Sri Lanka CPC racks up Rs250bn plus loss in three weeks as rupee falls | Sinhala News

Sri lanka News – Sri Lanka’s state-run Ceylon Petroleum Corporation which has been forced to borrow dollars by authorities whenever money is printed to create forex shortages has lost at least 250 billion rupees over three weeks as the rupee fell, based on available data.

The CPC had taken dollar debt and suppliers’ credit totaling 3,356 million dollars sacked Petroleum Minister Udaya Gammanpila told parliament in January.

The CPC had repaid 611 million worth of debt but banks had been unable to buy dollars due to forex shortages, he said.

As a result by the last week of January the CPC owed state banks a minimum of 2.745 billion US dollars.

The CPC is made to borrow dollars by authorities due to A widespread Mercantilist belief held in the island that balance of payments troubles are caused not by central bank liquidity injections in a pegged regime, but due to imports – mainly oil – and a current account deficit.

The CPC has no rupee revenues but authorities usually blocked the agency from buying dollars in the open market as liquidity injections hit made to keep policy rate, hits the island’s non-credible reserve collecting peg now called a ‘flexible exchange rate’.

A flexible exchange rate is neither a free floating regime with an inflation target (domestic anchor) nor a consistent peg at a fixed rate (external anchor).

The peg was allowed to fall on March 08, after two years of monetary printing depleted foreign reserves.

By March29, the indicative spot dollar rate had weakened to 294.98 rupees.

Based on the rate, the CPC now had unrealized loss of at least 259 billion rupees, based on a 2.74 billion dollar debt.

If the state banks were unable to buy dollars with the rupee paid, the bank or banks concerned would have a 611 million dollar negative net open position.

Unlike loans taken for capital expansion, such as a pipeline which would bring future revenues and could potentially be repaid with higher rupee revenues, the dollar debt have been mostly used for consumption and to fund losses of goods already sold.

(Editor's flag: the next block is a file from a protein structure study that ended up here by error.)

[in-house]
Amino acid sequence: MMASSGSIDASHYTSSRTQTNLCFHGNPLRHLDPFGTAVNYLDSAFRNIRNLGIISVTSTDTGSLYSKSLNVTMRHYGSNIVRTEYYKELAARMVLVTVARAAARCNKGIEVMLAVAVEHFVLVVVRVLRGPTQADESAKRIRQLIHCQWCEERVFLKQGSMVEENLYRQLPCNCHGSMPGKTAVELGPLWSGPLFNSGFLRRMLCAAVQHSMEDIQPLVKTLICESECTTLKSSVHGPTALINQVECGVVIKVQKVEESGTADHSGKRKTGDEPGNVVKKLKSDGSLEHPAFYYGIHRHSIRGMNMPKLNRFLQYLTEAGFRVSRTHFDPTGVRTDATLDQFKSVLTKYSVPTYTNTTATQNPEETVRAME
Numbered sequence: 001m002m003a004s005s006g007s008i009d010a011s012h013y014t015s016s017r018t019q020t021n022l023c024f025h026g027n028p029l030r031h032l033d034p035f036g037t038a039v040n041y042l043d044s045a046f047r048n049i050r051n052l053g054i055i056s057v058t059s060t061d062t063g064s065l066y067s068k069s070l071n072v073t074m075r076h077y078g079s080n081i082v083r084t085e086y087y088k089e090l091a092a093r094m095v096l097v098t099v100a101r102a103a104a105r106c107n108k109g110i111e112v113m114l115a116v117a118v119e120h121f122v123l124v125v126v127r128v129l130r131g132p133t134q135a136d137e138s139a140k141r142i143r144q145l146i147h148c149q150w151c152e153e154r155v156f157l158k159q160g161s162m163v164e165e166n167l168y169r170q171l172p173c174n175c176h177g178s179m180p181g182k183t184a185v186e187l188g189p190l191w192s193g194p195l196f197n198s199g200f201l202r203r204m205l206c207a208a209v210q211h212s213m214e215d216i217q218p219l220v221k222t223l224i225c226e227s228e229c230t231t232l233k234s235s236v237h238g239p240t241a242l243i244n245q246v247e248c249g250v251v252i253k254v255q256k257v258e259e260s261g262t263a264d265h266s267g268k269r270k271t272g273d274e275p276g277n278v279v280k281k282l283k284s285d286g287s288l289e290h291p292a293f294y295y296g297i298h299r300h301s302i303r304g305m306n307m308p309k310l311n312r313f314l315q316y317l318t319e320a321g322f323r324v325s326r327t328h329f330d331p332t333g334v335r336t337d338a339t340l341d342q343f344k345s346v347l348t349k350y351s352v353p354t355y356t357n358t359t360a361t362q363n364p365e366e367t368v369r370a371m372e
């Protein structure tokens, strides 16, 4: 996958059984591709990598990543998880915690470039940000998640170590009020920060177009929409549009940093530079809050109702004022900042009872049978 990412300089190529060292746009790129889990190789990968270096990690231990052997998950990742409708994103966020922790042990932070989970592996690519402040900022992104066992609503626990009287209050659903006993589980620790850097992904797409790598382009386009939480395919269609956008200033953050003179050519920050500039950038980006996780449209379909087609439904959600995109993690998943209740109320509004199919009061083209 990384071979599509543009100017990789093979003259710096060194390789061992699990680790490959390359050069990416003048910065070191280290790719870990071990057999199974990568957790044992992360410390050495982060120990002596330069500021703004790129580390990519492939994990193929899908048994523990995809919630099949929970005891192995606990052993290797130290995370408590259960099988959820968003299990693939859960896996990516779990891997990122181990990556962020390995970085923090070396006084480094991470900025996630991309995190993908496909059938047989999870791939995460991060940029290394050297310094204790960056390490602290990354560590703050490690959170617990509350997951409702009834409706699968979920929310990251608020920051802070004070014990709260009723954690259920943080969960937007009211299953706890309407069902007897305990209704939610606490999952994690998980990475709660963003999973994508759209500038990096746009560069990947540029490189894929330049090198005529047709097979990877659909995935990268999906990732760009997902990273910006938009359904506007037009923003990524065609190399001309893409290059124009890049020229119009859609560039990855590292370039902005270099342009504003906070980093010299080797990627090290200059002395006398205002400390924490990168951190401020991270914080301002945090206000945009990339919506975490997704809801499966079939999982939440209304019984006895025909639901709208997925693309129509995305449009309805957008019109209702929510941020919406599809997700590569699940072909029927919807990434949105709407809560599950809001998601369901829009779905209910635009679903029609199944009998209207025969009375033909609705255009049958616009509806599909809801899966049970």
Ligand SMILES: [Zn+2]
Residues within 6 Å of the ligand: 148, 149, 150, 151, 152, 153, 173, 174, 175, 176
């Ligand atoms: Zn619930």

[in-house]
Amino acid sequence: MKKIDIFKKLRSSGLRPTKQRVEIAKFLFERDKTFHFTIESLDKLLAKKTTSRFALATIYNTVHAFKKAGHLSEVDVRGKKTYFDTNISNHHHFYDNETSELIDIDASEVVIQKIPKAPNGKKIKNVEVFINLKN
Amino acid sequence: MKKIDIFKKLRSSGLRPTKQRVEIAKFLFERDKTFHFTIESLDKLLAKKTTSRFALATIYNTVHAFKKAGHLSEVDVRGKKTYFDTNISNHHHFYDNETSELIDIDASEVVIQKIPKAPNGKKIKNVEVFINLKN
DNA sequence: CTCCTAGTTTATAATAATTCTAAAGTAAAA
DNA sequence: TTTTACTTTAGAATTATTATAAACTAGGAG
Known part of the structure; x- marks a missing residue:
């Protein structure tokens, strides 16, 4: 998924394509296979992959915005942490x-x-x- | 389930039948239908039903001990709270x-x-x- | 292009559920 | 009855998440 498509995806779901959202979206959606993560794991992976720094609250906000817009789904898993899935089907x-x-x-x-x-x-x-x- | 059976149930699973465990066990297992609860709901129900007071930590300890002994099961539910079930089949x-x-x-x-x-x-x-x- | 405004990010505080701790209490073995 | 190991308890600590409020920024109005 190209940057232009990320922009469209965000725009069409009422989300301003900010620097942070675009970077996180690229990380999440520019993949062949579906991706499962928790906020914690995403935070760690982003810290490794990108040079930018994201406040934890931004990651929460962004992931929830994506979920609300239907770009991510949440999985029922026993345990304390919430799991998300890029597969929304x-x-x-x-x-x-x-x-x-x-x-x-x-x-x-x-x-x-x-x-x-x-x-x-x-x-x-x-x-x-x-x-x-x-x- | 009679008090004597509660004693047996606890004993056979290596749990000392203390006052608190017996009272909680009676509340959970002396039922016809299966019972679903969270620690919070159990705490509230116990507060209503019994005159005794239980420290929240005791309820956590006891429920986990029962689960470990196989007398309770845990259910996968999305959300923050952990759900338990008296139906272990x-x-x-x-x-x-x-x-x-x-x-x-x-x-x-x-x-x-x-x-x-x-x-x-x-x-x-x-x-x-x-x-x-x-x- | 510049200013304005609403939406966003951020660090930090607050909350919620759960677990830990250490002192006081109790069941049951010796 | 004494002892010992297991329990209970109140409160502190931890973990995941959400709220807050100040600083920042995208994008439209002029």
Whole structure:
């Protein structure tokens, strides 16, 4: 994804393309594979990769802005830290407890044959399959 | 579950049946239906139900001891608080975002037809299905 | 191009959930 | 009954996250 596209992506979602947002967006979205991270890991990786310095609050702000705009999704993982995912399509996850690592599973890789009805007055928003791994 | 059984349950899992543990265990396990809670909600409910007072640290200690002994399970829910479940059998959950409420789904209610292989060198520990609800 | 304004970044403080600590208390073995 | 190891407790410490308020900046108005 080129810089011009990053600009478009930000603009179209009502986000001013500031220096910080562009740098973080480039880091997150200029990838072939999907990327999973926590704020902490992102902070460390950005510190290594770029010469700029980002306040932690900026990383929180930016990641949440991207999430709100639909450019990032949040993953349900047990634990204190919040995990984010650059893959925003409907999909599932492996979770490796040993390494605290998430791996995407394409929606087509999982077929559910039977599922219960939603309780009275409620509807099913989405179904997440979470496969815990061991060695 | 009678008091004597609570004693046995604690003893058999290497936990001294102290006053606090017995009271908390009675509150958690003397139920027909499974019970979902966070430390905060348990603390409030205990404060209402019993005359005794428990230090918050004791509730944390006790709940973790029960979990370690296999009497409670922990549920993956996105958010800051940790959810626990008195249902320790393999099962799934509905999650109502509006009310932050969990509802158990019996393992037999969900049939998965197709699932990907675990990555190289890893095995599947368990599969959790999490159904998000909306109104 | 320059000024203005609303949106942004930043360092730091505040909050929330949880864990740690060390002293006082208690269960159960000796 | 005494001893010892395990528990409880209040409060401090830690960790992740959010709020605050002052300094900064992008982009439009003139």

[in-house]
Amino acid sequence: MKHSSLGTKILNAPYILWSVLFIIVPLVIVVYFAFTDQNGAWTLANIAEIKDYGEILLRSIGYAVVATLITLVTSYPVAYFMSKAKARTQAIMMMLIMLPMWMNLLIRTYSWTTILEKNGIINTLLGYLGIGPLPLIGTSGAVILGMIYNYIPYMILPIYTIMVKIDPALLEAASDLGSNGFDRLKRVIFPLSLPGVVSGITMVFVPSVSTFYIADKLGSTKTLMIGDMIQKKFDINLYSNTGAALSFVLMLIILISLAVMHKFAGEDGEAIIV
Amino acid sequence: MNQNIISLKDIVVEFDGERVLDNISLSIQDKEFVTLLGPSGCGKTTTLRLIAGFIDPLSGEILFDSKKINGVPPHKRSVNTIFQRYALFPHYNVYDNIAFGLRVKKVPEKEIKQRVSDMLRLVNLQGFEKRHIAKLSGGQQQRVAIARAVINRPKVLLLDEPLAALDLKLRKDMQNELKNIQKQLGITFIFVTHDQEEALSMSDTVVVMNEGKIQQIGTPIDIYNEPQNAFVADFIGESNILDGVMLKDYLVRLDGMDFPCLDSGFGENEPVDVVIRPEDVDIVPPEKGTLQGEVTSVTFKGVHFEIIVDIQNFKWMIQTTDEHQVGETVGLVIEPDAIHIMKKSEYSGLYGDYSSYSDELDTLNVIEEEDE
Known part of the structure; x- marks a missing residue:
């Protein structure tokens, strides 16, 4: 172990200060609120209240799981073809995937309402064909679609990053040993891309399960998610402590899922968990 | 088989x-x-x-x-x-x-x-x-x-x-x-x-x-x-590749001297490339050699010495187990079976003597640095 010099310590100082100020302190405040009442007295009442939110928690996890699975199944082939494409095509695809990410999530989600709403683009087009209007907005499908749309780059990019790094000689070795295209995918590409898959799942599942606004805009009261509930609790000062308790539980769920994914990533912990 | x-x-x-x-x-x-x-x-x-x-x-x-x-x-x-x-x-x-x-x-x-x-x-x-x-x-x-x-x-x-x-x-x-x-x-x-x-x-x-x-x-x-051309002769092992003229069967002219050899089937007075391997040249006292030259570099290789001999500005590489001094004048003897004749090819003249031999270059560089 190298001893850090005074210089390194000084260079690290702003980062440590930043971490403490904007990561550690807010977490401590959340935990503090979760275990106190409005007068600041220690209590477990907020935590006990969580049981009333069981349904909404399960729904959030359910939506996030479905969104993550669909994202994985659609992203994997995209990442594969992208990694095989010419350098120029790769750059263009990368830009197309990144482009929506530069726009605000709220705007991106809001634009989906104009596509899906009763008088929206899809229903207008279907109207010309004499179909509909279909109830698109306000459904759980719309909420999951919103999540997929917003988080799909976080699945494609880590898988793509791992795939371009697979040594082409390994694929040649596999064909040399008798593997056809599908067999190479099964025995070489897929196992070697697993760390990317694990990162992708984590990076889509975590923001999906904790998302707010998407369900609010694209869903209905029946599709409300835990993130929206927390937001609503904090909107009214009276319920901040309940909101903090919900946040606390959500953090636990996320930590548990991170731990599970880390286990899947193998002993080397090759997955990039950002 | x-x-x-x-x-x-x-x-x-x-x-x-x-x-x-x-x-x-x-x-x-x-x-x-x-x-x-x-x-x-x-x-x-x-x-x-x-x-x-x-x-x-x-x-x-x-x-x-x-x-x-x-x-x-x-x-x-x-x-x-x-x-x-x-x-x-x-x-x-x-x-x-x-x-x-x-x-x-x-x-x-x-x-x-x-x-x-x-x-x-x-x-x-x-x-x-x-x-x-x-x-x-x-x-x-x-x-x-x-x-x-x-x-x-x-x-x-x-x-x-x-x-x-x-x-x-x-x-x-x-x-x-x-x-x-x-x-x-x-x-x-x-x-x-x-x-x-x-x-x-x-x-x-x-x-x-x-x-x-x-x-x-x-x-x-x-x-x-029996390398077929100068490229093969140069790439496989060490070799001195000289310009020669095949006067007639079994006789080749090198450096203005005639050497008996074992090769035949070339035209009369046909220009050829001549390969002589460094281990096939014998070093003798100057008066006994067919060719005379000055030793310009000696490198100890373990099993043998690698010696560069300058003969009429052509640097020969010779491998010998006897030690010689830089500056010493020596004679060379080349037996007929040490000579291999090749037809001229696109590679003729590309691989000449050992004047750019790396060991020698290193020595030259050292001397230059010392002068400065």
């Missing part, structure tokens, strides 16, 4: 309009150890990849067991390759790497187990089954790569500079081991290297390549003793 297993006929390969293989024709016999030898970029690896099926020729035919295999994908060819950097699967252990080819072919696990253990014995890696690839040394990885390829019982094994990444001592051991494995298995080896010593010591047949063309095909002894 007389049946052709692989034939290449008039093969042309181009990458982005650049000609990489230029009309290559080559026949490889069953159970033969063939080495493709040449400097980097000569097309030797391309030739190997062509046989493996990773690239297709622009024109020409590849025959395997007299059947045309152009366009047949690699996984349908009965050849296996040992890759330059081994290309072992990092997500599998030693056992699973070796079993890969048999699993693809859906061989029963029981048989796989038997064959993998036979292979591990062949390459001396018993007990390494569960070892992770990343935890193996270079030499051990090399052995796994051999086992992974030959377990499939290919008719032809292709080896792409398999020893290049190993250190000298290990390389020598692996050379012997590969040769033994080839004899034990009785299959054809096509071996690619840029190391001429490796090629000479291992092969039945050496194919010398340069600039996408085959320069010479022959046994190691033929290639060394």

The CPC is made to borrow every year the central bank follows inflationary policy. The loans are repaid when deflationary policy is followed and reserves are re-built when domestic credits falls.

In the same manner as the CPC, the central government also borrowed through International Sovereign Bonds to repay maturing debt instead as money was printed, instead of squeezing the current account, analysts have shown.

Suppliers’ credits are usually used by state economists to fund losses and off-budget subsidies.

They then complain that there is an external current account deficit.

But in 2018, the then Finance Minister Mangala Samaraweera market priced fuel amid heavy opposition from the then opposition Sri Lanka Padujana Party but the central bank leadership printed money as domestic credit recovered and busted the rupee from 151 to 182 to the US dollar.

The CPC then kept its rupee revenues in repo transactions, allowing the money in state banks to be loaned out and bring more imports, completely sabotaging the price hikes which were supposed to reduce disposable income of fuel users and reduce non-oil imports.

However in Sri Lanka usually politicians are blamed for the country’s economic ills. When money is printed and inflation rises, people also demand subsidies.

With the rupee falling, calls are intensifying to set up a currency board or a credible peg where state economists will no longer be able to print money, trigger external collapses and foment social unrest. (Colombo/Mar30/2022)

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